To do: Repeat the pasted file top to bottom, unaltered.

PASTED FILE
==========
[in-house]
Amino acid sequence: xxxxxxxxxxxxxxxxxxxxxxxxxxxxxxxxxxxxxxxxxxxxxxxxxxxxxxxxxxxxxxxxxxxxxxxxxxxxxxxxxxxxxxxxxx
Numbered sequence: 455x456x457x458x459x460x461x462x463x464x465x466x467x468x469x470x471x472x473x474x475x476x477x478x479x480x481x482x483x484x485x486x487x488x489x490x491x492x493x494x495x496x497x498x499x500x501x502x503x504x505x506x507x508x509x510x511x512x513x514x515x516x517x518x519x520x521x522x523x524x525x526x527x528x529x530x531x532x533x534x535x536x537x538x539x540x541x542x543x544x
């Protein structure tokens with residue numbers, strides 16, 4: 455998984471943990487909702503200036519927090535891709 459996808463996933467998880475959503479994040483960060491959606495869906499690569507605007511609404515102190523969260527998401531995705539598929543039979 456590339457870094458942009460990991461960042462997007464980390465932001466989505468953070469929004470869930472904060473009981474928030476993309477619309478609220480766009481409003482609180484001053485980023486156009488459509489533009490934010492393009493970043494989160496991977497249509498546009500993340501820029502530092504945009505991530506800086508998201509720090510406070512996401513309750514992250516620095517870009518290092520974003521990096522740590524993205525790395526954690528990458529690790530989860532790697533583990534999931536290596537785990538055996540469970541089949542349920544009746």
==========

[in-house]
Amino acid sequence: xxxxxxxxxxxxxxxxxxxxxxxxxxxxxxxxxxxxxxxxxxxxxxxxxxxxxxxxxxxxxxxxxxxxxxxxxxxxxxxxxxxxxxxxxx
Numbered sequence: 455x456x457x458x459x460x461x462x463x464x465x466x467x468x469x470x471x472x473x474x475x476x477x478x479x480x481x482x483x484x485x486x487x488x489x490x491x492x493x494x495x496x497x498x499x500x501x502x503x504x505x506x507x508x509x510x511x512x513x514x515x516x517x518x519x520x521x522x523x524x525x526x527x528x529x530x531x532x533x534x535x536x537x538x539x540x541x542x543x544x
């Protein structure tokens with residue numbers, strides 16, 4: 455998984471943990487909702503200036519927090535891709 459996808463996933467998880475959503479994040483960060491959606495869906499690569507605007511609404515102190523969260527998401531995705539598929543039979 456590339457870094458942009460990991461960042462997007464980390465932001466989505468953070469929004470869930472904060473009981474928030476993309477619309478609220480766009481409003482609180484001053485980023486156009488459509489533009490934010492393009493970043494989160496991977497249509498546009500993340501820029502530092504945009505991530506800086508998201509720090510406070512996401513309750514992250516620095517870009518290092520974003521990096522740590524993205525790395526954690528990458529690790530989860532790697533583990534999931536290596537785990538055996540469970541089949542349920544009746």